Tests continue for Virgin Oceanic

Author Image for Jack Preston


Content Manager


Virgin Oceanic

Virgin Oceanic co-founder and pilot Chris Welsh has revealed that tests on the teams underwater vessels are progressing well, with over half a dozen completed this summer.

Since Virgin Oceanic was formed last year they have stuck to the brief of furthering human exploration and scientific research, as founders Welsh and Richard Branson aim to pioneer oceanic exploration through a series of ground-breaking, deep sea dives.

Were learning a lot about the subs behaviour. Things like locking in the buoyancy seem simple, but were vexing we would have trouble initiating a descent, then in the same dive be heavy and have a challenge returning to the surface without dropping the neutral ballast because the sub was heavy. Sometimes adding another 10 pounds of weight would make the difference in a 8,000 pound vessel. Unintended variable buoyancy is the bane of a submariners existence! Revealed Welsh.

"I have to say, the first time you attack a $5 million dollar vehicle with a hole saw is a bit unnerving!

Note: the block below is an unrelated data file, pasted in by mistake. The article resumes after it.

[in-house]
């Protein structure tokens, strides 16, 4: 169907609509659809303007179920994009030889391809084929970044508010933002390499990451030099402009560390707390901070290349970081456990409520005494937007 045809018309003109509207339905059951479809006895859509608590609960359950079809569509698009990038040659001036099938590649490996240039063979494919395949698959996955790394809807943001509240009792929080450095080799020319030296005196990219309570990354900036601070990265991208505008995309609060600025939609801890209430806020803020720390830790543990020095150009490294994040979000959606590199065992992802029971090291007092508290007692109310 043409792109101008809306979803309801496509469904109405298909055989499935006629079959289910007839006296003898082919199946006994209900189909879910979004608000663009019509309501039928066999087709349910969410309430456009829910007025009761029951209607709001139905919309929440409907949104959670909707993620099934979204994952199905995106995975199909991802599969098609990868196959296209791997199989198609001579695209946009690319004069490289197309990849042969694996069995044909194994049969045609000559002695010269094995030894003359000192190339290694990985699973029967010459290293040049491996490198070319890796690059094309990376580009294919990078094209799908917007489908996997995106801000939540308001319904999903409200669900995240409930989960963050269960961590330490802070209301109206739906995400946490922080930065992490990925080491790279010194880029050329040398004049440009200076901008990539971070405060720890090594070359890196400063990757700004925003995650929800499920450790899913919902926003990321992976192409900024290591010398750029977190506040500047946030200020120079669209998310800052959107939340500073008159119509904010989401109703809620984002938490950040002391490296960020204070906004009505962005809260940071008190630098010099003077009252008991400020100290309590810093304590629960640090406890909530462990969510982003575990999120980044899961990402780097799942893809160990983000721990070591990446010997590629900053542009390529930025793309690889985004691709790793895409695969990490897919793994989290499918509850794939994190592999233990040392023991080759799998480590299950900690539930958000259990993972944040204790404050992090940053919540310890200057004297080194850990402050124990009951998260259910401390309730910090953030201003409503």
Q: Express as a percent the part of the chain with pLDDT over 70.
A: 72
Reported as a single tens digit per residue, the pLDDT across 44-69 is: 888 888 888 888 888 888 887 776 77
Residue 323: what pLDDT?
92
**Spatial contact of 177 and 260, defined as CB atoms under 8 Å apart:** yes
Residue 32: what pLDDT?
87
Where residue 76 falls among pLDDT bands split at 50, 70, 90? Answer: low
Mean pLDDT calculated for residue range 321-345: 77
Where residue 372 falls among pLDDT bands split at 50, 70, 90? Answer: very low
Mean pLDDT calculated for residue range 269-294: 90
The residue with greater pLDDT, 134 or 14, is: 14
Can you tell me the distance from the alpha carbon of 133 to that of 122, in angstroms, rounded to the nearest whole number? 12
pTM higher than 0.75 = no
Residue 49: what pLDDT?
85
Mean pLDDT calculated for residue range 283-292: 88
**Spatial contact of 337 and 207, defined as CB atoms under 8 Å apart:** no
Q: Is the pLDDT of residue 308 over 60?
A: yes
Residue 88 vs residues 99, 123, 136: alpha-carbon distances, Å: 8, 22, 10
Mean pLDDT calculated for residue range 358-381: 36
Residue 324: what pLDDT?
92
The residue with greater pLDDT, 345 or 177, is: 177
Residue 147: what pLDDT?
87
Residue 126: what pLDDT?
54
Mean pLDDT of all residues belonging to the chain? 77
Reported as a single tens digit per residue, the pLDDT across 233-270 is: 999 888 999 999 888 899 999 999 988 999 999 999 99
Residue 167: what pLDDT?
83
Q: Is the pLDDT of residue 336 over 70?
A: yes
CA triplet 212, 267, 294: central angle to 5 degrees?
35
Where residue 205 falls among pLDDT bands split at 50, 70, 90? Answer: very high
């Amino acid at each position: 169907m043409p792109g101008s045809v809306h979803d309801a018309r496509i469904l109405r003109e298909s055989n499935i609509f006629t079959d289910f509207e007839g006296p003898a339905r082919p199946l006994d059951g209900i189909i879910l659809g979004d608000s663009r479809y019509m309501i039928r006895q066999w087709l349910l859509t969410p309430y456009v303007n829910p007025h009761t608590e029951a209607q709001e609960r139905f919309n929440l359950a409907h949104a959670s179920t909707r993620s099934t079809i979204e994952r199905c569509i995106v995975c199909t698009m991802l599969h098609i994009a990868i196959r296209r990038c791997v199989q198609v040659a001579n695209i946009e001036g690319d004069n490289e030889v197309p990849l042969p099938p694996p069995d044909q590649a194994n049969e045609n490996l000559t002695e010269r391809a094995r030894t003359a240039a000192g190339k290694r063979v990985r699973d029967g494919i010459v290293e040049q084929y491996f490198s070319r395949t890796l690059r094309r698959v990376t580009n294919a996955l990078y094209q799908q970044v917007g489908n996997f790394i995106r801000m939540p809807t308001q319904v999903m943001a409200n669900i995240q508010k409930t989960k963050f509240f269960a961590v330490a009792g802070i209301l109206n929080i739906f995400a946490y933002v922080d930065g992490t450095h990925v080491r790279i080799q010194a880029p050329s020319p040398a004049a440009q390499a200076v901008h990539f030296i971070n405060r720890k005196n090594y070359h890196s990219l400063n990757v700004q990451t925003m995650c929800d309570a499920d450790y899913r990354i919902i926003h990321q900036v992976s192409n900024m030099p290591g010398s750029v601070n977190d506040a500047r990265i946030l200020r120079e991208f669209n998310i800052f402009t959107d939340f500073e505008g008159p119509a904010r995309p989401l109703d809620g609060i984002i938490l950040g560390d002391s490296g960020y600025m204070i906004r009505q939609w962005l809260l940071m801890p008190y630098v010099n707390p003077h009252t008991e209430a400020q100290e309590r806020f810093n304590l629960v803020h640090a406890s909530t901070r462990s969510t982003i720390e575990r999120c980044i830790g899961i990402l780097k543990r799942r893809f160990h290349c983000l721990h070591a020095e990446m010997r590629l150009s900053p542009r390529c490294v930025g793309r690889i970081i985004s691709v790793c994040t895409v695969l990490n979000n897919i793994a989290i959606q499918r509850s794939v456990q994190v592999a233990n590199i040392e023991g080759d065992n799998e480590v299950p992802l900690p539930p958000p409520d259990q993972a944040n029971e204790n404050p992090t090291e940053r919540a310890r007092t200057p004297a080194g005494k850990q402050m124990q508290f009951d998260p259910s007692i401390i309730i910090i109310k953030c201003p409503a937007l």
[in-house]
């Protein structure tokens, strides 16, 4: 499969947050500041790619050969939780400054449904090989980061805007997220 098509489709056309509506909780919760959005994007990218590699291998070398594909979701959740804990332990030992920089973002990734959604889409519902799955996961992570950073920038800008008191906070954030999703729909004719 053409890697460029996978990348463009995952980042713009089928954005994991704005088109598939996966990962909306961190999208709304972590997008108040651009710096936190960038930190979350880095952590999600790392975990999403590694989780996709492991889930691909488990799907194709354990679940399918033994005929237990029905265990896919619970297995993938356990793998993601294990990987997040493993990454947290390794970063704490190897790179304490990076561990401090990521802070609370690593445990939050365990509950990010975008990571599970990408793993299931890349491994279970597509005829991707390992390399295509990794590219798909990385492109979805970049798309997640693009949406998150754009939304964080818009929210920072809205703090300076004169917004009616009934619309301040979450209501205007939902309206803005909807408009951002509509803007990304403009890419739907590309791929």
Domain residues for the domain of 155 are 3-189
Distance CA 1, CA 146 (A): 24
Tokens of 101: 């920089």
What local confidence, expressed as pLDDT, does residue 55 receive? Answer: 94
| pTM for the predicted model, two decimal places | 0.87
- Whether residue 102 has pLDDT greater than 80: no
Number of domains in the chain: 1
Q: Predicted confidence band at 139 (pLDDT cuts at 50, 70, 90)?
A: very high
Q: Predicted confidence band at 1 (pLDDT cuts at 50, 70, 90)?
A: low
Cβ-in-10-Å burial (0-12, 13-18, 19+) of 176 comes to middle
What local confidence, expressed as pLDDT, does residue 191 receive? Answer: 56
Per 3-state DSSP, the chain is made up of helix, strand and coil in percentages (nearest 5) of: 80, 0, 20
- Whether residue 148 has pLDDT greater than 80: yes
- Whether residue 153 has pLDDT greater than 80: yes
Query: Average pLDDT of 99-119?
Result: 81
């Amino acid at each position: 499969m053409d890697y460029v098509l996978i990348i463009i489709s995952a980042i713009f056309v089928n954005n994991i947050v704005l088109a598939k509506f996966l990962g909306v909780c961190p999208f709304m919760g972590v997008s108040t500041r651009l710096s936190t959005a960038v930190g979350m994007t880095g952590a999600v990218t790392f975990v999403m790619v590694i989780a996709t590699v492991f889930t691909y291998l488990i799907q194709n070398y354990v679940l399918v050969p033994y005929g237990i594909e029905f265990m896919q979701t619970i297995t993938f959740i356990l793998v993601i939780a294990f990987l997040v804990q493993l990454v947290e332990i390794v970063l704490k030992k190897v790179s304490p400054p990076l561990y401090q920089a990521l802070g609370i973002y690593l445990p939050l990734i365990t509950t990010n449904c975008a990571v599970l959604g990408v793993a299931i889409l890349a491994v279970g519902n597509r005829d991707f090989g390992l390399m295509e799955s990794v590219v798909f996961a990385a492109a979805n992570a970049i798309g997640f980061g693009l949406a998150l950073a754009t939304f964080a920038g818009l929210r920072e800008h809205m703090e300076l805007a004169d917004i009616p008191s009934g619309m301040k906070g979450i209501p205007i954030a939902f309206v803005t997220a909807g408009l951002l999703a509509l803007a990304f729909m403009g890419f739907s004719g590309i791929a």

We started chasing trapped air and got this problem under control. Air that was still bubbling out of course made the sub heavier over time, and the truly trapped air shrinks under pressure when descending. In the end, we attacked the sub with a drill and hole saw to ventilate every space that could hold air, big and small. Now buoyancy has become a fixed figure, which is a relief! I have to say, the first time you attack a $5 million dollar vehicle with a hole saw is a bit unnerving.

While there might be a few nerves around the camp, as is natural during periods of such heavy testing, Welsh was keen to point out that his primary emotion was excitement at the prospect of what lies ahead.

I cant wait to dive bigger. Cant wait! There is no feeling as exquisite as exploring new territory and seeing new creatures. Not another bird, different colored but like other birds you have seen before, but all new: shark egg pouches, saphs, and odd shaped jelly fish. And so much more just a little bit deeper

If youd like to find out more about their progress or mission statements, head over to the Virgin Oceanic website.

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